Wednesday, 16 November 2022


I know it's a bit last-minute but i'm currently in Southern Oman at Salalah and I have to tell you the birding is fantastic. I really think it is worth doing a full 7 days birding in January, staying at one hotel arriving on 13th January. There's a Qatar flight for just over £500 and it gets you into Salalah via Doha at around 4.15am, so you get a full day's birding on the first day! I have done 4 trips here over the past year and found the 1st Banded Martin, the 1st Grey-tailed Tattler, 7th Blyth's Reed Warbler, 4th Dalmatian Pelican and tomorrow i'm hoping to see the 2nd Buff-breasted Sandpiper for Oman. Oh and this evening we found a very rare Black Stork and saw a Pheasant-tailed Jacana that was literally surrounded by a load of Citrine Wagtails. And yesterday we found a Small Pratincole 15 minutes from our hotel.....

So there you have it. I will be posting the full info on my website very soon, but in the meantime please email if you want to reserve your spot. It is going to cost £1925 per person for 8 nights full-board, travelling in 2 SUV's. There's not too much driving involved as most sites are within an easy 30-40 minutes from our hotel, but we will do a longer journey of just under 2 hours to visit our site for Hypocolius & Nile Valley Sunbird, and to view the sandgrouse drinking pools where hundreds of Chestnut-bellied and a few Crowned Sandgrouse visit. A little further away there is an agricultural area where 6 Sociable Lapwings are currently over-wintering. 

So, we stay at a nice hotel where we have breakfast and dinner, with picnic lunches out in the field every day. It is going to be pleasantly hot (around 30 degrees centigrade) so bring your shorts! 

And on to the birding. It's truly fantastic! We target the Arabian specialities: Arabian Partridge, Arabian Wheatear, Arabian Scops-Owl, Arabian Eagle-Owl, Desert Owl, Arabian Golden-winged Grosbeak and Yemen Serin. But there's so much more to our birding here. We should also see Socotra Cormorant, Sand Partridge, Abdim's Stork, Red-knobbed Coot, Verreaux's, Eastern Imperial, Bonelli's & Steppe Eagles, White-cheeked, Gull-billed, Lesser Crested, Greater Crested, Whiskered, Caspian and White-winged Terns, Caspian, Heuglin's, Steppe & Slender-billed Gulls, Masked & Brown Booby, Bruce's Green-Pigeon, Isabelline & Desert Wheatears, Blackstart, African Paradise-Flycatcher, Abyssinian White-eye, Tristram's Starling, Cinnamon-breasted Bunting and so much more.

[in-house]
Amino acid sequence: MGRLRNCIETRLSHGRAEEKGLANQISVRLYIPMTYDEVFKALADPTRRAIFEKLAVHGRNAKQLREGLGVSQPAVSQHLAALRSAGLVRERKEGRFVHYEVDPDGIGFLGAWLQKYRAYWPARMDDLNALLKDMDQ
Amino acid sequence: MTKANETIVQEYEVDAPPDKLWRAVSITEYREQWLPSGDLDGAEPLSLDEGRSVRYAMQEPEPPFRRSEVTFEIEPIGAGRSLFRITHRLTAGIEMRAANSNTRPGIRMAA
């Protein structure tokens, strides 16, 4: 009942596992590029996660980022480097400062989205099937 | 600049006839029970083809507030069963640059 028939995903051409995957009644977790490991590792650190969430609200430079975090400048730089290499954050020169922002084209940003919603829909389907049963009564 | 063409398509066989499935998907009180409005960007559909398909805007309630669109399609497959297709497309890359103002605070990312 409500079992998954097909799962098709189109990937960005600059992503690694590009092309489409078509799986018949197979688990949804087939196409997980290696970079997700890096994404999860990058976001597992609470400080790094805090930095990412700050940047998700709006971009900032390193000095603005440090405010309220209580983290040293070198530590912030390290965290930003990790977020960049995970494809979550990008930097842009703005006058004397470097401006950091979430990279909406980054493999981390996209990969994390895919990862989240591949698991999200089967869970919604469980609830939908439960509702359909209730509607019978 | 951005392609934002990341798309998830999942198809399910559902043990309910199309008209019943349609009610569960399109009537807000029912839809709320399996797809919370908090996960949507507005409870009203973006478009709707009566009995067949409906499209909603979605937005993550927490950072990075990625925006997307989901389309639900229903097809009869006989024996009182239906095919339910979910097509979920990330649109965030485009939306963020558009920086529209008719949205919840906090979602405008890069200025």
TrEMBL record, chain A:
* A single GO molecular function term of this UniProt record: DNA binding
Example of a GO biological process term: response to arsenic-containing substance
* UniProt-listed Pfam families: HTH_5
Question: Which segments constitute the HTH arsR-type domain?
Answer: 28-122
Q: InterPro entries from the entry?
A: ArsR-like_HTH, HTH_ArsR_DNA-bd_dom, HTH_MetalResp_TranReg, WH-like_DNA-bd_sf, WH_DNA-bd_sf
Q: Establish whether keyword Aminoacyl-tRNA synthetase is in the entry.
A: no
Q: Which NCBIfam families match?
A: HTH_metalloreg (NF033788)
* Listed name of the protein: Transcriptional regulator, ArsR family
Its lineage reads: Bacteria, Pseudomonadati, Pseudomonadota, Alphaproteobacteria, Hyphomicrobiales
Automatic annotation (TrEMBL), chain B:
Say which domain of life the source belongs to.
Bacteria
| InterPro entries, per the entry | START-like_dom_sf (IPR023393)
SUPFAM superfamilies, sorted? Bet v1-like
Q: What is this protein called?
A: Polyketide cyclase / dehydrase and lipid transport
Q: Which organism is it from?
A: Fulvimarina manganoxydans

It's a crazy mix of Asian, African and Western Palearctic species that all meet up here in Southern Oman. So why not see what the buzz is about and join us for some good, old-fashioned birding in the Middle East?

If anyone wants to join me after this in Saudi Arabia for a quick-fire visit to look for Arabian Lark, Philby's Partridge, Arabian Woodpecker, Asir Magpie, Yemen Warbler, Yemen Thrush, Buff-breasted Wheatear, Arabian Golden Sparrow, Arabian Waxbill, Arabian Serin & Yemen Linnet then please let me know.

Here's a link to the full tour info: Southern Oman Birders Special

Here's a few photos from my current Oman tour in Nov 2022:

Eastern Imperial Eagles

African Paradise Flycatcher

Arabian Partridge

Arabian Warbler

Abdim's Stork

Arabian Eagle Owl

Arabian Scops Owl

Blue-cheeked Bee-eater

Chestnut-bellied Sandgrouse

Greater Spotted Eagle

Rosy Starlings

Short-toed Eagle

Small Pratincole

Spotted Thick-Knee

Turkestan Shrike

Desert Owl could well be the icing on the cake

You just never know what you will find here. So let's go birding!

Tuesday, 11 October 2022


I'm always trying different angles for new tours and this time have come up with something rather unique as we sail on a fully working cruise ship from Santiago, Chile around Cape Horn to Buenos Aires, Argentina.......... This gives us the advantage of utilising a luxury liner to navigate these southern oceans and the stability to use our scopes on deck to view the multitudes of albatrosses, skuas, shearwaters, petrels, prions and other seabirds that inhabit these bird-rich waters. 

Our home for 2 weeks - Sapphire Princess

Ok so it's not a dedicated expedition ship and this tour isn't for everyone but there are many plus points. I think if you do have a tendency for sea sickness and have been put off from doing some of those pelagics in the southern oceans until now, then the stability this ship provides could well be the answer. With a fully working cruise ship you also have numerous benefits of food and drink 24/7, swimming pool, cinema, casino, numerous bars & restaurants, and all this adds up to a very comfortable experience.